The Tb points given to this wine are the world’s most valid and most up-to-date evaluation of the quality of the wine. Tastingbook points are formed by the Tastingbook algorithm which takes into account the wine ratings of the world's 50 best-known professional wine critics, wine ratings by thousands of tastingbook’s professionals and users, the generally recognised vintage quality and reputation of the vineyard and winery. Wine needs at least five professional ratings to get the Tb score. Tastingbook.com is the world's largest wine information service which is an unbiased, non-commercial and free for everyone.
DRC 2016: PERFECTION FROM IMPERFECTION
The 2016 vintage from Domaine de la Romanée-Conti has been released and although the results ended up surpassing expectations after a difficult year, there are some noticeable absences from the usual line up.
The 2016 vintage in Burgundy was famously difficult and wrought havoc with yields as frost, hail and mildew in the first half of the year laid waste to the potential crop and then a heatwave in the second half concentrated the juice, lowering the yield still further (although this ultimately probably saved the vintage as well allowing proper ripening to take place).
Speaking to the drinks business at the offices of the domaine’s UK distributor, Corney & Barrow, co-owner Aubert de Villaine explained that if 2015 had been the “perfect vintage”, 2016 had been “the contrary”.
“When we picked we thought we were going to make a ‘vin difficile’, not a great wine,” he admitted though they still hoped to make something drinkable after the hot summer.
Yet as the fruit rolled in and the first juice was run off with excellent colour and fermentations began, it was, he continued, a “divine surprise”.
The second half of the season with its vastly improved conditions really had saved an otherwise disastrous-seeming situation.
“It goes to show it’s the second part that really makes the vintage,” said de Villaine.
So a difficult year capped off by an “extraordinary achievement” with wines that are “very intense and great,” he thinks.
It just goes to show, he concluded, “from the imperfect comes the perfect sometimes.”
But the scars of the vintage are visible on the domaine’s stable of wines. In some crus it was far from a disaster in terms of yields, Romanée-Conti and La Tâche produced slightly more than they did in 2015, while Richebourg, Corton and Romanée-St-Vivant were roughly the same.
The big losses came in Montrachet, Echézeaux and Grands Echézeaux. In the latter two the yields crashed from 25hl/ha and 30hl/ha respectively in 2015 to 6hl/ha and 7hl/ha in 2016.
As a result, the domaine has decided to bottle what was salavaged in magnums and de Villaine told db that these would not be offered alongside the other 2016s but would be kept back for “some years” and released at a later date.
In the rather cruel way of frost or hail damage, although in this instance it conspired to rid Echézeaux of 90% of its crop, the resulting wine was apparently extremely good, “very intense”.
Of course, such situations, “leave you with regrets”, said de Villaine but on the more practical side, “what we have would never be without the frost.”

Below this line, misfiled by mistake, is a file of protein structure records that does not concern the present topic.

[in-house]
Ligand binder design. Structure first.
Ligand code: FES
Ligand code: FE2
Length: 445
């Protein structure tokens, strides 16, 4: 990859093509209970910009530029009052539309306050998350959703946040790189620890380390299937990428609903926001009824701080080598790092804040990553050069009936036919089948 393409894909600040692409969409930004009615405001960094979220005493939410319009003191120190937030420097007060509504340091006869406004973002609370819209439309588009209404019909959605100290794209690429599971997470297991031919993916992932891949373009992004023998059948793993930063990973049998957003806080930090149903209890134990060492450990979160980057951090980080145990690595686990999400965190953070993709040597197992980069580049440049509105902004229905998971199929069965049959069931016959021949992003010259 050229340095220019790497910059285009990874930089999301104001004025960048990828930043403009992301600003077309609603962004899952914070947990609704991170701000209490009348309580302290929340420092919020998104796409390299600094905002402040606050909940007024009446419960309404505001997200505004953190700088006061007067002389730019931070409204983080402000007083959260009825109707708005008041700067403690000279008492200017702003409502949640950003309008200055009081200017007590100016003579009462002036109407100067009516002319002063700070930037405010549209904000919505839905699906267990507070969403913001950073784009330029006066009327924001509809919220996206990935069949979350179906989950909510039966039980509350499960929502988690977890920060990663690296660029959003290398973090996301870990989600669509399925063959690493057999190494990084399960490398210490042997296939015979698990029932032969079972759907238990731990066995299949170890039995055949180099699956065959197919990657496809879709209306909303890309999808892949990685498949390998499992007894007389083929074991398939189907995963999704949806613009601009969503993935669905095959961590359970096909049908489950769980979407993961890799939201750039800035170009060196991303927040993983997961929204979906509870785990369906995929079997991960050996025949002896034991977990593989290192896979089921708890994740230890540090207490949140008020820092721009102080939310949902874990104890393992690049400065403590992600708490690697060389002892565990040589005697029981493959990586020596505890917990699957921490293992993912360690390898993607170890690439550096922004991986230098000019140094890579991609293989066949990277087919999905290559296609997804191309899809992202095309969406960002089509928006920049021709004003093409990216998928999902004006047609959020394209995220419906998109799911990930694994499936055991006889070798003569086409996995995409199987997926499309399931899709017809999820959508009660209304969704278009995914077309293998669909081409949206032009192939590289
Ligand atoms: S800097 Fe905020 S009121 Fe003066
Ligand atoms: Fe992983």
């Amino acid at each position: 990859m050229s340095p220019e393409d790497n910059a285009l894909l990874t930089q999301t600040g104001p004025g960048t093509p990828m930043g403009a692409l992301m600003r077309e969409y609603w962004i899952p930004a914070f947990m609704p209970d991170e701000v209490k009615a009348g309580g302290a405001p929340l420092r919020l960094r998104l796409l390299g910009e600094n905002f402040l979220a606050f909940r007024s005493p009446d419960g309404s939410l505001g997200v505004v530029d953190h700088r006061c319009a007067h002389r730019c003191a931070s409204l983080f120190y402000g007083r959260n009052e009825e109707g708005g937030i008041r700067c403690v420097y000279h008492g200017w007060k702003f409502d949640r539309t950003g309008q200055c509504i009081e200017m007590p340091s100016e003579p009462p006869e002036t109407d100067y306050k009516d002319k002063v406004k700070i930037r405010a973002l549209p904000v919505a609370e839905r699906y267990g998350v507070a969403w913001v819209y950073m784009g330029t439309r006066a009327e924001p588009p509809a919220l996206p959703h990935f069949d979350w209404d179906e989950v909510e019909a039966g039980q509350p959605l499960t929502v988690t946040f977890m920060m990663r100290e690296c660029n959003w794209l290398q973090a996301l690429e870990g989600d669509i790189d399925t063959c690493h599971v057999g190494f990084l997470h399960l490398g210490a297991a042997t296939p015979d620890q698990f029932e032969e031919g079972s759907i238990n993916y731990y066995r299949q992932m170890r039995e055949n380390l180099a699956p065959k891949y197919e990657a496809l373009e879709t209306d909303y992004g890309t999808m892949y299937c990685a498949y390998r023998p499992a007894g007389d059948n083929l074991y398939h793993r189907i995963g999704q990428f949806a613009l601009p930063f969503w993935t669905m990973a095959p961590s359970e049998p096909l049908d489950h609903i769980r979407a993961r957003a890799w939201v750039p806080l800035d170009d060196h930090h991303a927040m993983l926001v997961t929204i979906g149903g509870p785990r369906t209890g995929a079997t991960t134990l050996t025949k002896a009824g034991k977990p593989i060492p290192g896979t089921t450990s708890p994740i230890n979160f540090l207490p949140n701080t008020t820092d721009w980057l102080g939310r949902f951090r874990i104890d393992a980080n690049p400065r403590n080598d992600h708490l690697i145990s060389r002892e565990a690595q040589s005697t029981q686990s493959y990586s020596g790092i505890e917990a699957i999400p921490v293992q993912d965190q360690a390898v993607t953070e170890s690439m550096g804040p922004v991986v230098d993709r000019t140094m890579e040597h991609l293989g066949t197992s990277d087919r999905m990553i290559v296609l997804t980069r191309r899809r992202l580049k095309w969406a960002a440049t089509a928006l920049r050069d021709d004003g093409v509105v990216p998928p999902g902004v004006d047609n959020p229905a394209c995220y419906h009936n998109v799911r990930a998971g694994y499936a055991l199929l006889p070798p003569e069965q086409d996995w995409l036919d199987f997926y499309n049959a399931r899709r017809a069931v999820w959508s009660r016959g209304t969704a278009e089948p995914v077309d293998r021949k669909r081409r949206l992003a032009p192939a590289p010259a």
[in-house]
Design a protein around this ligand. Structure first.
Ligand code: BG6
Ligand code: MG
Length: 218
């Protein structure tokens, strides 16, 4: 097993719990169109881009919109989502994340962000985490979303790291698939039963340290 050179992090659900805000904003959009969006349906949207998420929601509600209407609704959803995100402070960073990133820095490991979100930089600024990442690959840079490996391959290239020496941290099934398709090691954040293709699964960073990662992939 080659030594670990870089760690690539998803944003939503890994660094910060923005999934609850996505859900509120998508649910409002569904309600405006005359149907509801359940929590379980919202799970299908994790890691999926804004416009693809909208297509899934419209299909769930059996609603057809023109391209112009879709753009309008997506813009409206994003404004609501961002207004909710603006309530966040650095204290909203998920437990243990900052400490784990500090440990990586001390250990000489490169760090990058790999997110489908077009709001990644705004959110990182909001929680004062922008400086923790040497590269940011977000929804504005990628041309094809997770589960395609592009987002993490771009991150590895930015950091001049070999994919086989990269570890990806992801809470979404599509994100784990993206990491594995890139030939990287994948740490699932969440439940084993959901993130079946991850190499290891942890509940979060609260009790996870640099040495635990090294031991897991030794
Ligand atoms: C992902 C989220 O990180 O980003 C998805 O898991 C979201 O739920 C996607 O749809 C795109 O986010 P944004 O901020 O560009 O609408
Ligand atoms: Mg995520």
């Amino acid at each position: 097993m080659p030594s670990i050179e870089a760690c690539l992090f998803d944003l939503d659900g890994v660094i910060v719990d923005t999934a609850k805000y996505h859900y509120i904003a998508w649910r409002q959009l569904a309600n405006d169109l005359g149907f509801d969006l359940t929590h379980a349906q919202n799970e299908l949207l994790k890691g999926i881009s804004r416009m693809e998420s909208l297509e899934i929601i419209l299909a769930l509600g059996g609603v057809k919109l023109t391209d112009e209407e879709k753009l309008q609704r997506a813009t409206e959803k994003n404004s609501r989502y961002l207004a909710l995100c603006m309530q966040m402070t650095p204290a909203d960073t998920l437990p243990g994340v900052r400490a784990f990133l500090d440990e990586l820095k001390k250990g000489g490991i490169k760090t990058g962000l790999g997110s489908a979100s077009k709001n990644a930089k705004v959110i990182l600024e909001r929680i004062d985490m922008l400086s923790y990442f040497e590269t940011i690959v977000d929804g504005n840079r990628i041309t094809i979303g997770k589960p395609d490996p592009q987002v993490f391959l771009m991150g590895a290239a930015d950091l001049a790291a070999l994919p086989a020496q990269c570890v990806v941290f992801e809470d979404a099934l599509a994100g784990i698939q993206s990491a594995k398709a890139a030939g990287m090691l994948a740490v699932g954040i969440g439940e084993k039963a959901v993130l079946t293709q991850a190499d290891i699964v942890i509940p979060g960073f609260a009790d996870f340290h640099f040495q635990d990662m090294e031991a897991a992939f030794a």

Montrachet was so badly hit by the frost that the domaine hasn’t said how much it produced.
Nonetheless, it’s well known that de Villaine in a ‘campaign of solidarity’, teamed up with six other domaines* with Montrachet holdings to pool what wine they had into a joint cuvée.
The result was two barrels-worth of wine, just 500 bottles which will be split between the domaines to use as they see fit.
De Villaine told db that DRC’s share was going to go to charity at some point but when and to what cause was yet to be decided because the wines were only just bottled.
Speaking of the losses more generally, de Villaine finished by saying that the crop had rebounded in 2017 in those crus hit worst by the frosts with the average yield for the estate rising from 25hl/ha in 2016 to 32hl/ha in 2017.
So next year there will be normal allocations again of everything – in as far as allocations of DRC are ever ‘normal’.
Romanee Conti Grand Cru Monopole 2016
This legendary vineyard now boasts vines with an average age of 57 years old. In 2016 the site yielded a modest 24 hl/ha or 5,280 bottles. Always producing a profound expression of Pinot Noir, the 2016 is no exception and boldly delivers a supremely complex array of aromatics that seem to have extra levels of depth and intrigue. Together with lifted, perfumed cherry blossom, rose petals and violets there is an extra broody, savoury, bruised red fruit and blood orange note that gracefully teases the senses. The palate as usual combines the most awesome fruit and acid intensity with creamy, supple mineral tannins and a sweet, sappy seductive old vine depth. What a beautiful wine with a splendidly tender, harmonious intensity and a confident, precise regal finish. Always a privilege to taste this wine.
(Wine Safari Score: 98+/100 Greg Sherwood MW)
“As if, in this square of earth, the gods had bequeathed us a memory of the fascinating vestige of a timeless perfection.” — Richard Olney. The wine of Prince de Conti, she is velvet, seduction and mystery. It is the most Proustian of all great wines.